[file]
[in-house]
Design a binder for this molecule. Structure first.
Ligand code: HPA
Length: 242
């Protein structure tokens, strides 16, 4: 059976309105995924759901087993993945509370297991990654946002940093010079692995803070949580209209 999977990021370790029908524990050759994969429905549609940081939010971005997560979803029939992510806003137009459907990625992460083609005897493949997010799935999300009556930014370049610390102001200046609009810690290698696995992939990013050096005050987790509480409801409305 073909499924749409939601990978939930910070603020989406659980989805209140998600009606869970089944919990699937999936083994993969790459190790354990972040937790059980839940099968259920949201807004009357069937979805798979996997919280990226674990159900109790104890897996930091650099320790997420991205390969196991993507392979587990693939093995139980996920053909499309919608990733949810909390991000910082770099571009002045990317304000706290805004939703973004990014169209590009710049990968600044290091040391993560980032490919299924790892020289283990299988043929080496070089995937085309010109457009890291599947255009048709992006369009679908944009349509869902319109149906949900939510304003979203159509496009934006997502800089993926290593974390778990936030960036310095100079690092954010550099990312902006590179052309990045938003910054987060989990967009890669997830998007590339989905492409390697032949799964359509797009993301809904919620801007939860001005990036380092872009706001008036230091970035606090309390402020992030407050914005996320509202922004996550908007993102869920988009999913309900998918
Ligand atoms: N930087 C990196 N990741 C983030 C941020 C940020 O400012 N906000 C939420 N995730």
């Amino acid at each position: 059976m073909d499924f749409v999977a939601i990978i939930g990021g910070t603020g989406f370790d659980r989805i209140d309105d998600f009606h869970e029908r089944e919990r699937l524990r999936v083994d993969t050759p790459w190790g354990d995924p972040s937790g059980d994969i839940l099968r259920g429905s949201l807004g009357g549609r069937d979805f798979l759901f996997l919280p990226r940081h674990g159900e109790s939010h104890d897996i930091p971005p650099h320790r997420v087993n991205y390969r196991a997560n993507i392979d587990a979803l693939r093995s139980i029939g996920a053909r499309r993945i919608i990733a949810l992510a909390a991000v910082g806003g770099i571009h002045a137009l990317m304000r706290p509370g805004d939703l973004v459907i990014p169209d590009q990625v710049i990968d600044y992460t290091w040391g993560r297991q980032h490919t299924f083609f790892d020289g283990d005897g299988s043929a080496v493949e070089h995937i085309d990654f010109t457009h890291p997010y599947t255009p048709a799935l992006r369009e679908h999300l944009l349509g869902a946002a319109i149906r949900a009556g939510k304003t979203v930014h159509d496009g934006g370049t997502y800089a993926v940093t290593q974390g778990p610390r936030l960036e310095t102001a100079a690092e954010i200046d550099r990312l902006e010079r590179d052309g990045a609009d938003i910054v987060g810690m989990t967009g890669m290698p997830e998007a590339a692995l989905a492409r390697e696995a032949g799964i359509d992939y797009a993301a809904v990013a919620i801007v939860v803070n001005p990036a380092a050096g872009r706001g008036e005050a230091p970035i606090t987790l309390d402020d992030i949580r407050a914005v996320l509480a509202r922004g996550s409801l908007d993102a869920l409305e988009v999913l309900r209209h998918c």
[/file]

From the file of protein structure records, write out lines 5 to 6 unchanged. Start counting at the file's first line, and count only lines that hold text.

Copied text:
């Protein structure tokens, strides 16, 4: 059976309105995924759901087993993945509370297991990654946002940093010079692995803070949580209209 999977990021370790029908524990050759994969429905549609940081939010971005997560979803029939992510806003137009459907990625992460083609005897493949997010799935999300009556930014370049610390102001200046609009810690290698696995992939990013050096005050987790509480409801409305 073909499924749409939601990978939930910070603020989406659980989805209140998600009606869970089944919990699937999936083994993969790459190790354990972040937790059980839940099968259920949201807004009357069937979805798979996997919280990226674990159900109790104890897996930091650099320790997420991205390969196991993507392979587990693939093995139980996920053909499309919608990733949810909390991000910082770099571009002045990317304000706290805004939703973004990014169209590009710049990968600044290091040391993560980032490919299924790892020289283990299988043929080496070089995937085309010109457009890291599947255009048709992006369009679908944009349509869902319109149906949900939510304003979203159509496009934006997502800089993926290593974390778990936030960036310095100079690092954010550099990312902006590179052309990045938003910054987060989990967009890669997830998007590339989905492409390697032949799964359509797009993301809904919620801007939860001005990036380092872009706001008036230091970035606090309390402020992030407050914005996320509202922004996550908007993102869920988009999913309900998918
Ligand atoms: N930087 C990196 N990741 C983030 C941020 C940020 O400012 N906000 C939420 N995730």